Jan Aubrey-Williams, a volunteer on the Beyond the War Memorial Project, has discovered a ‘steamy’ story while working on the students enrolled at the Harris Institute during the First World War.
While investigating Thomas King Wignall, who was enrolled on a ‘Technical’ full course at the Harris Institute in 1914/15, aged 18 years and 11 months, an apprentice engineer, and living with his parents at 4 Albyn Bank Street, she uncovered an out-of-the ordinary business operating from the premises:
Thomas King Wignall (Snr) and his wife, Emma Porter, married in Preston in 1889. They had four children, only two of whom survived infancy. Thomas King Wignall (Jnr) was the eldest surviving child, born in 1894, at Gateshead, Durham. His younger sister, Sarah, was born in Preston in 1900.
At the time of the 1901 census the family were living at 4 Albyn Bank Street and it was from here that Thomas King Wignall (Snr) was running a Turkish Baths (see the 1905 Kelly’s Directory pictured). Indeed, the baths were clearly both popular and profitable, for, in 1911, Thomas’ Turkish Baths were still in business. Thomas (Jnr) was now employed as a coach builder, while his younger sister, Sarah, was in school. In fact, Thomas King Wignall (Snr), Turkish bath proprietor of 4 Albyn Bank Street was still listed in the Kelly’s Directory of 1924 and it appears that his business operated until the early 1930s. On the 8 July 1934 the Lancashire Daily advertised a ‘Turkish bath sale, old established and well known: Owner retiring; apply 4 Albyn Bank Street Preston.’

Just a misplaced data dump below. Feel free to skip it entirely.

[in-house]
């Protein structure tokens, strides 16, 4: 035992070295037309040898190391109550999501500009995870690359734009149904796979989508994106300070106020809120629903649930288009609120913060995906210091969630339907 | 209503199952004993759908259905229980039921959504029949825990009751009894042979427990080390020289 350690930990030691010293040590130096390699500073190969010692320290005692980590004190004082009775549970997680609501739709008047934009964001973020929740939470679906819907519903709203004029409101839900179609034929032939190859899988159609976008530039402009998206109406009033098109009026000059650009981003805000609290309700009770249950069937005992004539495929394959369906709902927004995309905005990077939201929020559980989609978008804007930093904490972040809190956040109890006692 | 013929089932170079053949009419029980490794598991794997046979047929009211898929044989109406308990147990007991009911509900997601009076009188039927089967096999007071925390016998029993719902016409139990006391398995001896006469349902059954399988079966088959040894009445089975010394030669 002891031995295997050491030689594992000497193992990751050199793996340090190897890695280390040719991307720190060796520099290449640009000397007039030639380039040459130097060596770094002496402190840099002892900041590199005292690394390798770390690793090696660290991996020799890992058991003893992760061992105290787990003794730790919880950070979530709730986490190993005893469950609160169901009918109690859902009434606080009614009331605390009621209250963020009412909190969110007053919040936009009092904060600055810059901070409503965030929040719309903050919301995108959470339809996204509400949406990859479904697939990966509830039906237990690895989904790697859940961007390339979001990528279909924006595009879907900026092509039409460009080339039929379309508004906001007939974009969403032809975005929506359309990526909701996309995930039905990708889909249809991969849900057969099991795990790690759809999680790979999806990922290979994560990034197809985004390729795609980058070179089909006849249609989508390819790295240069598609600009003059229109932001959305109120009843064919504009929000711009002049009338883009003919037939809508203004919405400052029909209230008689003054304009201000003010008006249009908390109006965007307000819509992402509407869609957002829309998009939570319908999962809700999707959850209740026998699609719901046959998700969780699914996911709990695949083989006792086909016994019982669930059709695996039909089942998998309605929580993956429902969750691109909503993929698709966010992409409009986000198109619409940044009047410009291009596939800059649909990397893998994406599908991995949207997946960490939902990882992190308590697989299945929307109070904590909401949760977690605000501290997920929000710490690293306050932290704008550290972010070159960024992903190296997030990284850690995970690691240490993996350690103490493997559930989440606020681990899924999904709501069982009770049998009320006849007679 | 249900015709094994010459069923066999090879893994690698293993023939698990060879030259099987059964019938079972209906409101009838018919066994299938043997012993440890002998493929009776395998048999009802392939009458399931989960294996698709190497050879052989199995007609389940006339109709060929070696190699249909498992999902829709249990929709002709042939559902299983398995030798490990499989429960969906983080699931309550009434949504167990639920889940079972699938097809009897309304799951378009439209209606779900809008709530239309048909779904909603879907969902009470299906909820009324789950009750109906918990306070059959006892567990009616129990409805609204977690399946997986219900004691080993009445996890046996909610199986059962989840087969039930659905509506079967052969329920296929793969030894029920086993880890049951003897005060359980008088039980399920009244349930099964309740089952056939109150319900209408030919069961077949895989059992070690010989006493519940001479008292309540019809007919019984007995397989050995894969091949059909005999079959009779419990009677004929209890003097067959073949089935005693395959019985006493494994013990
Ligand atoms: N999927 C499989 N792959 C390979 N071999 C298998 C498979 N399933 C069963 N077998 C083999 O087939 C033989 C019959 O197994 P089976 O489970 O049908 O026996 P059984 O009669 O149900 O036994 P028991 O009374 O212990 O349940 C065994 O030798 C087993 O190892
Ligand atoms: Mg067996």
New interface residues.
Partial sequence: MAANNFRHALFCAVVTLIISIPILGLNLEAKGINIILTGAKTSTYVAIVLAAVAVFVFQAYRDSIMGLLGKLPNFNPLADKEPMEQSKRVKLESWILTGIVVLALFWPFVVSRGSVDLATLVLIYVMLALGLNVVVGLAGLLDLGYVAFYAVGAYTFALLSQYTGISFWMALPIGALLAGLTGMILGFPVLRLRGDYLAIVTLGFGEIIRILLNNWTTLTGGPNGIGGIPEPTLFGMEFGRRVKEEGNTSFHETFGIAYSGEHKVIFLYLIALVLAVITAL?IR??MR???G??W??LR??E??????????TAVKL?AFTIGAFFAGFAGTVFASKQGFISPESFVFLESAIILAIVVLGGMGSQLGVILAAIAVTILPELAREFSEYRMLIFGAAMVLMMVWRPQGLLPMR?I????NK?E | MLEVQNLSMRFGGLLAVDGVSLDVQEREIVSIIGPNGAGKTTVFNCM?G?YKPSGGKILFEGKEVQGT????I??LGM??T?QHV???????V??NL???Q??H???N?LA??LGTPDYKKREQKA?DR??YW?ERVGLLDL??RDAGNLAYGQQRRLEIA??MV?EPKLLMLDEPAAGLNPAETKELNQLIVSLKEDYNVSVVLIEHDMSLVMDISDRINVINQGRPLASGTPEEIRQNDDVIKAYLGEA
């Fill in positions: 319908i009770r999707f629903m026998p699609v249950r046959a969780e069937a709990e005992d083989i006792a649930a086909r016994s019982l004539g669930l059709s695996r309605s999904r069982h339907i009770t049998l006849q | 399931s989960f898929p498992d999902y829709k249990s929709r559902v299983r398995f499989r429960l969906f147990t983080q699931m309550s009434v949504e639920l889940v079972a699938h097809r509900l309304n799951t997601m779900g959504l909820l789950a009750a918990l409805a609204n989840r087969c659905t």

The street still exists but the houses have been replaced (and there are no signs of any Turkish Baths!).
Jan’s research into Thomas (Jnr) is ongoing and she is following leads that he served in the Royal Navy in 1918. Additional digging into the ‘Turkish Baths’ indicates that the Wignall’s business may have been the longest running of five such establishments that existed in Preston. The last to close were the baths located in the Miller Arcade (operated between 1901-1947). The surviving entrance to these baths still exists (pictured). Others were located at 58 Albert Road (operating between 1891-1909), 27b Church Street (opened in 1876) and Grimshaw Street (operating between 1869-1895).